But few in Congress, and none of the controlling Republican politicians, will even think about using the jumper cables. President Obama’s relatively modest American Jobs Act, for instance, was declared a corpse on arrival at the House of Representatives. On Monday, a reporter asked House Majority Leader Eric Cantor (R-Va.), “The $447 billion jobs package as a package: dead?” Yes, Cantor assured him, indeed it was.
One lost decade may have ended, but the next one has likely only begun.
The president and his administration watch despondently from the other end of Pennsylvania Avenue. And for the majority of Americans, a jobless “recovery” exacts an ever-greater toll on their earnings, their families, their health, their basic ability to make ends meet.
The question on many economists’ minds is: Will the U.S. slump into a double-dip recession? But for so many Americans living outside the political and media hothouses of Washington and New York, this question is silly. After all, how can the economy tumble back into recession if it never left in the first place?
No one can say for certain how many years will pass before America regains anything like its pre-recession swagger—and even then, there’s little to suggest that the devastating effects of the middle class’s lost decade won’t have changed this country in ways that will prove permanent, or that the gap between the wealthy and everyone else will do anything but increase in good times or bad in the decade to come. The deep polarization between the very rich and everyone else has been decades in the making and is a global phenomenon. Reversing it could be the task of a lifetime.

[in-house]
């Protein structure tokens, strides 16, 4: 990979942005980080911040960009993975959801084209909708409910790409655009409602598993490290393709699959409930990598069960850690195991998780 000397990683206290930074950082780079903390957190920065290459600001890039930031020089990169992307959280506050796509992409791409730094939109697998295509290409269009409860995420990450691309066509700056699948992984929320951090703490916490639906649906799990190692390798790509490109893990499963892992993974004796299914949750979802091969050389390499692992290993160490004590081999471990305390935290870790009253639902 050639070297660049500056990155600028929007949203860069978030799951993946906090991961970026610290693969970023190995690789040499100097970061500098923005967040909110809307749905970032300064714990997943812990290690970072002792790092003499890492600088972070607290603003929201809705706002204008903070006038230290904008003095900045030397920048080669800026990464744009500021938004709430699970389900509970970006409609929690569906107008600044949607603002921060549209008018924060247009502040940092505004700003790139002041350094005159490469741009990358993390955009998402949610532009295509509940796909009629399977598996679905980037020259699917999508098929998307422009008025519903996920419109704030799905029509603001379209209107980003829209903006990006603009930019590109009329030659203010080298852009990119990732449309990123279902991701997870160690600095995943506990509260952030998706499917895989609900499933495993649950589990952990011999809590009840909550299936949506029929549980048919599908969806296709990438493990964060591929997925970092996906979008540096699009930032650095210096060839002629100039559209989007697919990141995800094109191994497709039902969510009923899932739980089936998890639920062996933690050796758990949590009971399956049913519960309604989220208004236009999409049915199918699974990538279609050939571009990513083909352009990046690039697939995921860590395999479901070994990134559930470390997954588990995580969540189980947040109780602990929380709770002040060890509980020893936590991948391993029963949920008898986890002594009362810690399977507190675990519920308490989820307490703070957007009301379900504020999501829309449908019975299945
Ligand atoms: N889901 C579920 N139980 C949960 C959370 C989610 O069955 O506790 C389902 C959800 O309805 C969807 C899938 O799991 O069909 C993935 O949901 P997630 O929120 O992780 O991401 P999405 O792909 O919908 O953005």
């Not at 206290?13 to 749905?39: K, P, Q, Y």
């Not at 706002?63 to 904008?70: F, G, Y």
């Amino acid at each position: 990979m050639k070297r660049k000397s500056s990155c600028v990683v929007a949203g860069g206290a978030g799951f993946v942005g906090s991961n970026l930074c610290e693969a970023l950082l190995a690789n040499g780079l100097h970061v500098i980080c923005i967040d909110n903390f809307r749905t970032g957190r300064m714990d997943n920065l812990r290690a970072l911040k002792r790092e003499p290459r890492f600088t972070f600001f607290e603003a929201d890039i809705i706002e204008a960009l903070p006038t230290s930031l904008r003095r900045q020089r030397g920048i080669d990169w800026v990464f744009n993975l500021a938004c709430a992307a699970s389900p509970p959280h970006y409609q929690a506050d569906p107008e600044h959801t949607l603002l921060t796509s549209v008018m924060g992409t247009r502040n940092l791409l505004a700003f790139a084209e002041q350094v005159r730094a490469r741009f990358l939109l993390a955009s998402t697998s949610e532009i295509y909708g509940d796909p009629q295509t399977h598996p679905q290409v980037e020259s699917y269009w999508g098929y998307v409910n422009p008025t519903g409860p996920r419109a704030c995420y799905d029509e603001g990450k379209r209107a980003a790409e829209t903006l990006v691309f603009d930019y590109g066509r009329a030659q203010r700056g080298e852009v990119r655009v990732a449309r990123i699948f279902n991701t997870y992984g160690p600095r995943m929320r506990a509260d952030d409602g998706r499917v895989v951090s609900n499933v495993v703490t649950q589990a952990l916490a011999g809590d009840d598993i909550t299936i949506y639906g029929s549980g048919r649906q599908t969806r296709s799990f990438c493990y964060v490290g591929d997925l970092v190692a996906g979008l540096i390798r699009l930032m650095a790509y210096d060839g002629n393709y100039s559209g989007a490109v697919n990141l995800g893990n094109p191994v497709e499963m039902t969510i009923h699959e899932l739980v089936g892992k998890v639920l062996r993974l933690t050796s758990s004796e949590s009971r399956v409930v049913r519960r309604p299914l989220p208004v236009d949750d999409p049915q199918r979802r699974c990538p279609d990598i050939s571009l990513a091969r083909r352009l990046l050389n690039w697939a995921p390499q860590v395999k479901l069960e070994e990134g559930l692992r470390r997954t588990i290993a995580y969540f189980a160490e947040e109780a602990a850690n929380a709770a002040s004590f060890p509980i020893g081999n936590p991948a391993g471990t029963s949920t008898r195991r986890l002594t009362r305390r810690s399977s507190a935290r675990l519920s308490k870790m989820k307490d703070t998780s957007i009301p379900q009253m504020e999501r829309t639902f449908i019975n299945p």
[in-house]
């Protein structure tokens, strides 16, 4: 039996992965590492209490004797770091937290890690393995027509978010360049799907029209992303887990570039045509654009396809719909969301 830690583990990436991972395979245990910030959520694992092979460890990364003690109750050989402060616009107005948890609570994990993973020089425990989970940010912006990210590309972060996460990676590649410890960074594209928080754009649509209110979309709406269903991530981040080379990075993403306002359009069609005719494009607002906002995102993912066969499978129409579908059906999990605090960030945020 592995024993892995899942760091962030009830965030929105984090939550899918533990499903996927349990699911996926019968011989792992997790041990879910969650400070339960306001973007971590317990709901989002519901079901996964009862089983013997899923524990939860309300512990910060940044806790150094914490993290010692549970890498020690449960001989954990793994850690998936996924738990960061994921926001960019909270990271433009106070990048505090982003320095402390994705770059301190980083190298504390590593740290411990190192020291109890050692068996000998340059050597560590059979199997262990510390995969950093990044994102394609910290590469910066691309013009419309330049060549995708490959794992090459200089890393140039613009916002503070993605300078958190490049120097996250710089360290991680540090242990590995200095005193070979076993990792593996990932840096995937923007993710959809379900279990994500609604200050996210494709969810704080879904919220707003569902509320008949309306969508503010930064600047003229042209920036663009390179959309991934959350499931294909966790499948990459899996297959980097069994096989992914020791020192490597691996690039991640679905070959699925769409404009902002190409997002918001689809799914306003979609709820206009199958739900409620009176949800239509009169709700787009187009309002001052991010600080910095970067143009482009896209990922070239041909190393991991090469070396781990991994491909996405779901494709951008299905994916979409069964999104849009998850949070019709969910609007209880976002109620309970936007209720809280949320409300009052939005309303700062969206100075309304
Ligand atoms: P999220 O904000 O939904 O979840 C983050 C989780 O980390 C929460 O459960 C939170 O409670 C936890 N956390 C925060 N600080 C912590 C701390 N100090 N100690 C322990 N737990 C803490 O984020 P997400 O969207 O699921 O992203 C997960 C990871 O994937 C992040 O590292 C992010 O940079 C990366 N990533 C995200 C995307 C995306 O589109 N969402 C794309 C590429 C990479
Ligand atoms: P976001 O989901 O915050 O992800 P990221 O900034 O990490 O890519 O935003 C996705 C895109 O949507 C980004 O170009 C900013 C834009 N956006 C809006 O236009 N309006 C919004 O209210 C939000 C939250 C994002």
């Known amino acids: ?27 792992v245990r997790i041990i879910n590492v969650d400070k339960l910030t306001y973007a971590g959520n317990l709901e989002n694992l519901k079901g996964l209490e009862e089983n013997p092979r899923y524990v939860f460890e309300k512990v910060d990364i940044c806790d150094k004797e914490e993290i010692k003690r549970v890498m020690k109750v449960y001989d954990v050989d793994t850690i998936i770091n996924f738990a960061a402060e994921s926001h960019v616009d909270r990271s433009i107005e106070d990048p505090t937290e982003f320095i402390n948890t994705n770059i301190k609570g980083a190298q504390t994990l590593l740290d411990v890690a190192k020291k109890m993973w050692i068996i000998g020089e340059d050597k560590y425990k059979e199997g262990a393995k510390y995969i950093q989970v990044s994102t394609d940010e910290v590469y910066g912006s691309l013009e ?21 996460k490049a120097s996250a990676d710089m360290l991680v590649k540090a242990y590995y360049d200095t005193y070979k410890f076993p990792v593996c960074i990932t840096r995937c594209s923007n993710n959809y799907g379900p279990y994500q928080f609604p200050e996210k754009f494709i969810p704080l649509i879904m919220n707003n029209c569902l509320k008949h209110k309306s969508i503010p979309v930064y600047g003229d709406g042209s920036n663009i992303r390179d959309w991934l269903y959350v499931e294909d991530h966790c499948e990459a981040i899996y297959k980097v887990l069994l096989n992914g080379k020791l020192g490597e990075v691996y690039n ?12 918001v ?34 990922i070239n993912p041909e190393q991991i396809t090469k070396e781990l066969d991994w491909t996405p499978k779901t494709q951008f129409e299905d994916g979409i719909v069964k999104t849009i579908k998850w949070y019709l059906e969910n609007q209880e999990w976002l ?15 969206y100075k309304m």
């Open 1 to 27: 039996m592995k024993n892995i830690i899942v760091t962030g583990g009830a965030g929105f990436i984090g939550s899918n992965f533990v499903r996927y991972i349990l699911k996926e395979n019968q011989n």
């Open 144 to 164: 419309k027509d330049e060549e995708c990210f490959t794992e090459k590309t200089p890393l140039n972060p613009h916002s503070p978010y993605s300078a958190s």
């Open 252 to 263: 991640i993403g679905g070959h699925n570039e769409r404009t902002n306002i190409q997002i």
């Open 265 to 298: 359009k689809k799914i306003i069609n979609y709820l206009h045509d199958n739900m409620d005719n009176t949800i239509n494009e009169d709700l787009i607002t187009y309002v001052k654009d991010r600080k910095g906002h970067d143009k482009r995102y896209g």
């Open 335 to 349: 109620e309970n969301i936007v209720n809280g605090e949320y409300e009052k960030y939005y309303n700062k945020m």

In the meantime, the middle class has flat-lined. Life support is nowhere close to arriving. One lost decade may have ended, but the next one has likely only begun.
This post originally appeared at TomDispatch.com.
Andy Kroll is a staff reporter in the D.C. bureau of Mother Jones magazineand an associate editor at TomDispatch. He writes about the economy and national politics, and has appeared on MSNBC, Al Jazeera English, and Countdown with Keith Olbermann.